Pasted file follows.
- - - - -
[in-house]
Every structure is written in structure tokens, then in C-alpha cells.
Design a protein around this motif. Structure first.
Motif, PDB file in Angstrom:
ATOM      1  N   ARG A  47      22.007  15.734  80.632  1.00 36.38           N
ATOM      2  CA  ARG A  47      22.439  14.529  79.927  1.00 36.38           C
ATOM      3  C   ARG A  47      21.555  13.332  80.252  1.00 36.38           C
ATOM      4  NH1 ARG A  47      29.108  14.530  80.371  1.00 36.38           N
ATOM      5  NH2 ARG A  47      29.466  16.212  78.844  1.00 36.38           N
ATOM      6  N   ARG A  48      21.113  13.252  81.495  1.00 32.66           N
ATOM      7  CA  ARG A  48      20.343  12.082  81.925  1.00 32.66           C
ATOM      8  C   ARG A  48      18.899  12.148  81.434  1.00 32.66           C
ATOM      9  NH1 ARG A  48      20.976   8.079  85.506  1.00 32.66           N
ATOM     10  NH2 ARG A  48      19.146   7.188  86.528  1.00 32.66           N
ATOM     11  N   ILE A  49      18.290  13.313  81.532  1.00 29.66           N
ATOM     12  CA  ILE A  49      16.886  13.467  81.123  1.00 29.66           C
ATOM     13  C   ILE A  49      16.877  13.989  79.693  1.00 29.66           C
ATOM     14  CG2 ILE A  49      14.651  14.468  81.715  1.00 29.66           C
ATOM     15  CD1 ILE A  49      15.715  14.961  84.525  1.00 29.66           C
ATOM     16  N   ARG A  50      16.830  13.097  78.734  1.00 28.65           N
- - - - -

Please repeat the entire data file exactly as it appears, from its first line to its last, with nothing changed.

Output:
[in-house]
Every structure is written in structure tokens, then in C-alpha cells.
Design a protein around this motif. Structure first.
Motif, PDB file in Angstrom:
ATOM      1  N   ARG A  47      22.007  15.734  80.632  1.00 36.38           N
ATOM      2  CA  ARG A  47      22.439  14.529  79.927  1.00 36.38           C
ATOM      3  C   ARG A  47      21.555  13.332  80.252  1.00 36.38           C
ATOM      4  NH1 ARG A  47      29.108  14.530  80.371  1.00 36.38           N
ATOM      5  NH2 ARG A  47      29.466  16.212  78.844  1.00 36.38           N
ATOM      6  N   ARG A  48      21.113  13.252  81.495  1.00 32.66           N
ATOM      7  CA  ARG A  48      20.343  12.082  81.925  1.00 32.66           C
ATOM      8  C   ARG A  48      18.899  12.148  81.434  1.00 32.66           C
ATOM      9  NH1 ARG A  48      20.976   8.079  85.506  1.00 32.66           N
ATOM     10  NH2 ARG A  48      19.146   7.188  86.528  1.00 32.66           N
ATOM     11  N   ILE A  49      18.290  13.313  81.532  1.00 29.66           N
ATOM     12  CA  ILE A  49      16.886  13.467  81.123  1.00 29.66           C
ATOM     13  C   ILE A  49      16.877  13.989  79.693  1.00 29.66           C
ATOM     14  CG2 ILE A  49      14.651  14.468  81.715  1.00 29.66           C
ATOM     15  CD1 ILE A  49      15.715  14.961  84.525  1.00 29.66           C
ATOM     16  N   ARG A  50      16.830  13.097  78.734  1.00 28.65           N